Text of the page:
• A Supplemental Needs Trust can be created by the donor during his or her life or can be created by will. Its purpose is to enable the donor to provide for the continuing care of a disabled spouse, child, relative or friend. The beneficiary of a well-drafted special/supplemental needs trust will have access to the trust assets for purposes other than those provided by public benefits programs. Additionally, the beneficiary will not lose eligibility for needs-based benefits, such as Supplemental Security Income (“SSI”), Medicaid, or low-income housing.
• A d(4)(A) Special Needs Trust is a trust created by a parent, guardian or court on behalf of a person with special needs, under the age of 65 years, with the person with special needs’s resources. The trust is not a resource for SSI or Medicaid eligibility. The funding of the trust will not use a period of ineligibility for needs-based public benefits. The trust funds can be used, during the recipient’s lifetime, to supplement the recipient’s public benefits; however, at the recipient’s death, the trust funds must be used to repay the state for any Medicaid benefits provided to the recipient during his or her lifetime.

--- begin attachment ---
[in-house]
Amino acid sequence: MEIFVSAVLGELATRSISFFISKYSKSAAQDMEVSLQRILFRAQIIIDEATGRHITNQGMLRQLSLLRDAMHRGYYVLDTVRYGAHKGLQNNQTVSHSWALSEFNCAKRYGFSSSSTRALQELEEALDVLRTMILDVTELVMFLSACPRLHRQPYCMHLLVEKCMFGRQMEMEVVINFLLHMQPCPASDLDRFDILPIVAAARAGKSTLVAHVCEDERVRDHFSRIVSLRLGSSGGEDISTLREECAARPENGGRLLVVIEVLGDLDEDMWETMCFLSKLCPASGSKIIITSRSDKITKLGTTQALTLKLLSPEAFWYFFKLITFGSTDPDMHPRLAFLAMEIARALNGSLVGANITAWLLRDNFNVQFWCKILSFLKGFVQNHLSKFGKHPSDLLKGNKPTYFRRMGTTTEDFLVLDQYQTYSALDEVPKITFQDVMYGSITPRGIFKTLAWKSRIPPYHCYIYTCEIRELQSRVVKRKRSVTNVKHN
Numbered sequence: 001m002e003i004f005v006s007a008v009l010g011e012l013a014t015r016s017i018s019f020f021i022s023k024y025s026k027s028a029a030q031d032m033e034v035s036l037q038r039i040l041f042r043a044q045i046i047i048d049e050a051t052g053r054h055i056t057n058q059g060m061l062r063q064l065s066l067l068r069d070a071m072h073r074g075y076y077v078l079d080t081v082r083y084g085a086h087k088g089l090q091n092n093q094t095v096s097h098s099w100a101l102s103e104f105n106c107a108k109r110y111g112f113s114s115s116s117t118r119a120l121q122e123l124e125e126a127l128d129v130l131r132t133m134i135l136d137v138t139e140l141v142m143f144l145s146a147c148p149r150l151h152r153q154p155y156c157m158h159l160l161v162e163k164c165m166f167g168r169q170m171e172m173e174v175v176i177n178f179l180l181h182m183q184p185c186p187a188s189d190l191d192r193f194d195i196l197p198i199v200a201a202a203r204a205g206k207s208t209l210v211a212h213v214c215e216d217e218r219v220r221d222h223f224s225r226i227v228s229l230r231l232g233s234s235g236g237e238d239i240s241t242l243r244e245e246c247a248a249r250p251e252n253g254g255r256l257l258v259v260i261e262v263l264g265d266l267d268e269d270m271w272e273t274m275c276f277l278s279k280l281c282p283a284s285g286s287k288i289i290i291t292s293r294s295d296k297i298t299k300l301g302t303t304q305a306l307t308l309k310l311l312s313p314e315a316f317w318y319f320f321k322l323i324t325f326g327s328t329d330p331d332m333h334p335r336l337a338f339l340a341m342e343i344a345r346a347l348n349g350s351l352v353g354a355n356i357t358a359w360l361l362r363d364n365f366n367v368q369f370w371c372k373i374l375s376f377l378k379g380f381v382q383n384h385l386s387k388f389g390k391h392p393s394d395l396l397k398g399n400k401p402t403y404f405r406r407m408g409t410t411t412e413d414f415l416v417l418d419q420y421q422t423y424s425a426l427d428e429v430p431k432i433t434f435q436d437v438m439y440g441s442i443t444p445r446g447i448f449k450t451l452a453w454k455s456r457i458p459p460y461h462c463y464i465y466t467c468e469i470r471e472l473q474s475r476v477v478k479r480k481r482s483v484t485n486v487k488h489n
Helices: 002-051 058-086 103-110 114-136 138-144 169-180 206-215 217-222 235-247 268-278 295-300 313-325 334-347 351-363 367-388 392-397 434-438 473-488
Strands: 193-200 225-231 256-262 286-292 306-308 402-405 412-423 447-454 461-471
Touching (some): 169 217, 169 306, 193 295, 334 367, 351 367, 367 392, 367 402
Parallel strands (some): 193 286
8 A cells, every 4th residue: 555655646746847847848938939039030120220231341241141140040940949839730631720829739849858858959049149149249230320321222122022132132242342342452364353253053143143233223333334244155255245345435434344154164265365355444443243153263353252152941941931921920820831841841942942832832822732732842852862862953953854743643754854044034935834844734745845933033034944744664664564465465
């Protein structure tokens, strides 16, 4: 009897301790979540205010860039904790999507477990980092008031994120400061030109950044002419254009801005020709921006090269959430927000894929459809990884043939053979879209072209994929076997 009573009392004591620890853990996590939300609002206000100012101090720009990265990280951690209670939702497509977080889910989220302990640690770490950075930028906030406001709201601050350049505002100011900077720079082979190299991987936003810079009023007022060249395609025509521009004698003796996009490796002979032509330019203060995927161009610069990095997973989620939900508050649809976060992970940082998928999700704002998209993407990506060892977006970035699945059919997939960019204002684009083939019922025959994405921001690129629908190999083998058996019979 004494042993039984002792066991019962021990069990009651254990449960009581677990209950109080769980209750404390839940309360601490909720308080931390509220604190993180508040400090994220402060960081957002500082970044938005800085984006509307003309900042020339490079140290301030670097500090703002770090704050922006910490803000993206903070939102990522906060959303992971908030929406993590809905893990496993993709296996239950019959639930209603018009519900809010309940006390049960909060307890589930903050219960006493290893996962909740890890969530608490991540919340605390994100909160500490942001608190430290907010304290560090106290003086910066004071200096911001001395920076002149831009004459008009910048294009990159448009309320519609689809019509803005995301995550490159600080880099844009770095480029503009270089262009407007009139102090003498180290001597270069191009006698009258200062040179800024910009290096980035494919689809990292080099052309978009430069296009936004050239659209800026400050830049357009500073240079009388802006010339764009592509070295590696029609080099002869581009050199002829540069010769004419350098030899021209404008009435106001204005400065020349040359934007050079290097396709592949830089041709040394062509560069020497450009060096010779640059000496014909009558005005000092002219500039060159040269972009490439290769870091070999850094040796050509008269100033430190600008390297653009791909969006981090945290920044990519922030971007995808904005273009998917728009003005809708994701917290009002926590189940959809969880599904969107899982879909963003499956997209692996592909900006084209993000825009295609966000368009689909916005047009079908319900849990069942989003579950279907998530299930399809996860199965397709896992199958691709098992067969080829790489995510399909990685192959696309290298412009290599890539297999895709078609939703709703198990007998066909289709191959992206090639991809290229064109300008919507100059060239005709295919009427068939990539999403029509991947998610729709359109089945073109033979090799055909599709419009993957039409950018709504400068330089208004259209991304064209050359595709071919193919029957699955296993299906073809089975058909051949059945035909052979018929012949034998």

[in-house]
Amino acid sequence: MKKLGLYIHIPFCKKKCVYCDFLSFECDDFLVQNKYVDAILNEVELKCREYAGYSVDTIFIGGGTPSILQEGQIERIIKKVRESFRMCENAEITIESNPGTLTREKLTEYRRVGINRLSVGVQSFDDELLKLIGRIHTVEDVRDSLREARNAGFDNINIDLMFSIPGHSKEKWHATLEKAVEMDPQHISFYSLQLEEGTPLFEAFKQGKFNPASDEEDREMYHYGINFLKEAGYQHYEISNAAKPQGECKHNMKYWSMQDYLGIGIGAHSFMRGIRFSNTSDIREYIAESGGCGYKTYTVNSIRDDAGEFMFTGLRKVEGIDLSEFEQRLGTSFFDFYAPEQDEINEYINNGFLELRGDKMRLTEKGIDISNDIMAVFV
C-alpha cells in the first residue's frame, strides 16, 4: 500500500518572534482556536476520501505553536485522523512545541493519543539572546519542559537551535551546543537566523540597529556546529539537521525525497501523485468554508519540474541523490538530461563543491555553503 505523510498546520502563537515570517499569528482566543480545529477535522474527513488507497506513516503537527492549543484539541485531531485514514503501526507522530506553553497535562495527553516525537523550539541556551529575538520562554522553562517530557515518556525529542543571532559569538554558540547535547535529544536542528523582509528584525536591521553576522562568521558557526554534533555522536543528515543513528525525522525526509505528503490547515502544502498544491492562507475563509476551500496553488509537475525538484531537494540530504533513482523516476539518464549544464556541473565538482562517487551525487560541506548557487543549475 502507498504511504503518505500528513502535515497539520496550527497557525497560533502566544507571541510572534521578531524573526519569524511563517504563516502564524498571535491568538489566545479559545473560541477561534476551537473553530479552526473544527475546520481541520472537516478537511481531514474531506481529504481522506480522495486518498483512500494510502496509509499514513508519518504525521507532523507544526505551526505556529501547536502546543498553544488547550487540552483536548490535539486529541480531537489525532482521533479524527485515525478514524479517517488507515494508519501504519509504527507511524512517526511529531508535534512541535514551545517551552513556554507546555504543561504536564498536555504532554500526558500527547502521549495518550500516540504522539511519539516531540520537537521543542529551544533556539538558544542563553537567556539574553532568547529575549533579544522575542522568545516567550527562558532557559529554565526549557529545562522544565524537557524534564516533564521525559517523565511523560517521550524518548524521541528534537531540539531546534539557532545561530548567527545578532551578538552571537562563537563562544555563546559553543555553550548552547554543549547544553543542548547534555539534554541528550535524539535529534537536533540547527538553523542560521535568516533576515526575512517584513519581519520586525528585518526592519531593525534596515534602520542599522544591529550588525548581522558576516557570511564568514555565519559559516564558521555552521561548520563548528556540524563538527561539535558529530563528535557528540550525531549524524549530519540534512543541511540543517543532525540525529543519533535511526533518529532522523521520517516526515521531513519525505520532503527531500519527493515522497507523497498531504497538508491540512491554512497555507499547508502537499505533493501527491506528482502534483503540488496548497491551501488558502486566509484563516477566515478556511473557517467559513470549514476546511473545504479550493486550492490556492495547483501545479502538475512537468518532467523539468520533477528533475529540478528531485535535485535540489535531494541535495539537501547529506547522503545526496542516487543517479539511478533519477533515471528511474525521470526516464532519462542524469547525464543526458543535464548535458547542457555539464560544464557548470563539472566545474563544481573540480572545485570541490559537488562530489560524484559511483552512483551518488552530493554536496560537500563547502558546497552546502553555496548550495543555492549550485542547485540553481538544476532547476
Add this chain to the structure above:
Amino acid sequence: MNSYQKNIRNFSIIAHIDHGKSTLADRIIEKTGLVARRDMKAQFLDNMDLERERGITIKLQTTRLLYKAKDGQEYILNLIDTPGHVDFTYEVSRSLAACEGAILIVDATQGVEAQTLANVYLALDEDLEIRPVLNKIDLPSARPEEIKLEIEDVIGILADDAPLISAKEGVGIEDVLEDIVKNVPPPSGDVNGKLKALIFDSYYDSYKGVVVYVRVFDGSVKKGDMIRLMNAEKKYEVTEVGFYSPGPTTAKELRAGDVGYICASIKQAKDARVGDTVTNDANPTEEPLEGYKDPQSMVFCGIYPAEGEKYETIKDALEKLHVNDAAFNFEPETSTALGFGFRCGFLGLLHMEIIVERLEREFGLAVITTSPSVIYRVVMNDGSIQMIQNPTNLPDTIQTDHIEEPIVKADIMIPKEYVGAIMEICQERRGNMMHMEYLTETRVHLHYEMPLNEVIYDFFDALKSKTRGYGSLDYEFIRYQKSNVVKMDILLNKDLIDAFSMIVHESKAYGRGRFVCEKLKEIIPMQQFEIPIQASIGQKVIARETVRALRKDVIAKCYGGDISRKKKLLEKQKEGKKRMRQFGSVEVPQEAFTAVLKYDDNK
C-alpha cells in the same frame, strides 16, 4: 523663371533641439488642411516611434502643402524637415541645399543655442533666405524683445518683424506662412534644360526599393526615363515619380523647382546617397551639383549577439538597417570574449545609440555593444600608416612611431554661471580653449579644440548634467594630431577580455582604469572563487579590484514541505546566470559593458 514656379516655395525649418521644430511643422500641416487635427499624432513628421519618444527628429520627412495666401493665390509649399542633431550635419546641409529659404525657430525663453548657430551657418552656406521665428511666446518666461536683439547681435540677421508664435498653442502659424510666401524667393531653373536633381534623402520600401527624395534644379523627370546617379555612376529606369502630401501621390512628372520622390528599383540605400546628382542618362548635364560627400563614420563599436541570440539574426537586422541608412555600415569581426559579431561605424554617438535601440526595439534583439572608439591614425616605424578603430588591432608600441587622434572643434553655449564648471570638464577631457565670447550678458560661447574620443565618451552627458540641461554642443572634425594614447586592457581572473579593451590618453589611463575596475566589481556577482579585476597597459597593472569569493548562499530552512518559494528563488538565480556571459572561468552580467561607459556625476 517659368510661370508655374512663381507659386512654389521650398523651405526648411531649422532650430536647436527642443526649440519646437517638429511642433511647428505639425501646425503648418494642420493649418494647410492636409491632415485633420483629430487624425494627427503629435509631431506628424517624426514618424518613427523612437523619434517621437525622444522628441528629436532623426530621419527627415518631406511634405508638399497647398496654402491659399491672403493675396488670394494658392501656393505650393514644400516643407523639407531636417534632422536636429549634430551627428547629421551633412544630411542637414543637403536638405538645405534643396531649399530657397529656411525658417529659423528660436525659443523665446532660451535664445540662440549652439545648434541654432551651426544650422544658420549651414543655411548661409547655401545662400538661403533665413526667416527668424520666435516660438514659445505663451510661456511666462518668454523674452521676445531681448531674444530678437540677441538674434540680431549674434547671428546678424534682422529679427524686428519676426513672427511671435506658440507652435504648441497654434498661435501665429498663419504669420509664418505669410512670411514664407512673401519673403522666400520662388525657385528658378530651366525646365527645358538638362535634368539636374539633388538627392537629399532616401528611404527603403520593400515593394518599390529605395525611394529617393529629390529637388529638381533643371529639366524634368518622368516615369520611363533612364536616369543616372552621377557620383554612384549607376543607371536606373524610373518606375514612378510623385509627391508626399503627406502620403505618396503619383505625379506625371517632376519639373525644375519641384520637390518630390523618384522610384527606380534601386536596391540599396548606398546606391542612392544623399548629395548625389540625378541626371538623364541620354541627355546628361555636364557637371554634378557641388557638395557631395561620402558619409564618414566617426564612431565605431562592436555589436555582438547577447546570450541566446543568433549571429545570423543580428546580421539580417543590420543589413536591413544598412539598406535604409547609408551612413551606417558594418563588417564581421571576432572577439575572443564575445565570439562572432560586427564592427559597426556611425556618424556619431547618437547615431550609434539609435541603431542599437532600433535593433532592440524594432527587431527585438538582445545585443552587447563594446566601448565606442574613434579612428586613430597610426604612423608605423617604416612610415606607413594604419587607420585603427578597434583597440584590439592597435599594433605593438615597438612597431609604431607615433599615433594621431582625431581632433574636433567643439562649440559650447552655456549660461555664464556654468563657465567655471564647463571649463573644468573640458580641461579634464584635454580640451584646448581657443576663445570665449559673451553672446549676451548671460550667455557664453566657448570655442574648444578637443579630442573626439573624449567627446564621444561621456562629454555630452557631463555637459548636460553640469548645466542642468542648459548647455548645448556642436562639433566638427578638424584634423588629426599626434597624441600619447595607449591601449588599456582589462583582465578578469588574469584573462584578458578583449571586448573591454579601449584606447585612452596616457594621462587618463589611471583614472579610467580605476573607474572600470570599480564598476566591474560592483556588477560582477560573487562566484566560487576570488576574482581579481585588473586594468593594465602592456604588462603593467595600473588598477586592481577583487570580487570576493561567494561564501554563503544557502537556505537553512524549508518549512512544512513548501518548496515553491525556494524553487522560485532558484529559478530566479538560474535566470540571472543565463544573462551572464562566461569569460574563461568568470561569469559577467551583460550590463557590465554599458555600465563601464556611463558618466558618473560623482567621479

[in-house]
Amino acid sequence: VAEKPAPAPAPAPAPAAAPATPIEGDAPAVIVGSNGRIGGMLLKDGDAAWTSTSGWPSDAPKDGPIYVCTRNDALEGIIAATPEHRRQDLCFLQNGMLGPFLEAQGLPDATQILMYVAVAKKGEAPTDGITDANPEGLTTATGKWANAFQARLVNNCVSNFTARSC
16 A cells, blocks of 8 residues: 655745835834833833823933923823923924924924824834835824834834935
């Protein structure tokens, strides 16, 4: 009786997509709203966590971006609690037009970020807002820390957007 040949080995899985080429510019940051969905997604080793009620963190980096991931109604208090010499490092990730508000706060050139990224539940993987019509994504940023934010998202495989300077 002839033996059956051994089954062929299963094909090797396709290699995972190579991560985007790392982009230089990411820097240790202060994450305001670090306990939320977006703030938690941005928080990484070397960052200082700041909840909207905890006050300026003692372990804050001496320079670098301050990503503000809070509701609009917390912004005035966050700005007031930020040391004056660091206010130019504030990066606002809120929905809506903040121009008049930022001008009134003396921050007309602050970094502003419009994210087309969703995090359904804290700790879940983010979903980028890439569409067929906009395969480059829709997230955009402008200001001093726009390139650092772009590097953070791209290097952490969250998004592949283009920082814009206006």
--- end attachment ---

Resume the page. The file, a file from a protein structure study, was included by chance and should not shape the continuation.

• A d(4)(C) Special Needs Trust is a trust created by 1) a parent, guardian or court on behalf of a person with special needs or 2) the person with special needs with the person with special needs’s resources. The trust must be established by a nonprofit corporation. The trust is not a resource for SSI or Medicaid eligibility. The funding of the trust will not cause a period of ineligibility for needs-based public benefits. The trust funds can be used, during the recipient’s lifetime, to supplement the recipient’s public benefits; however, at the recipient’s death, the trust funds must 1) be used to repay the state for any Medicaid benefits provided to the recipient during his or her lifetime, or 2) be retained in trust for the benefit of other persons with special needs.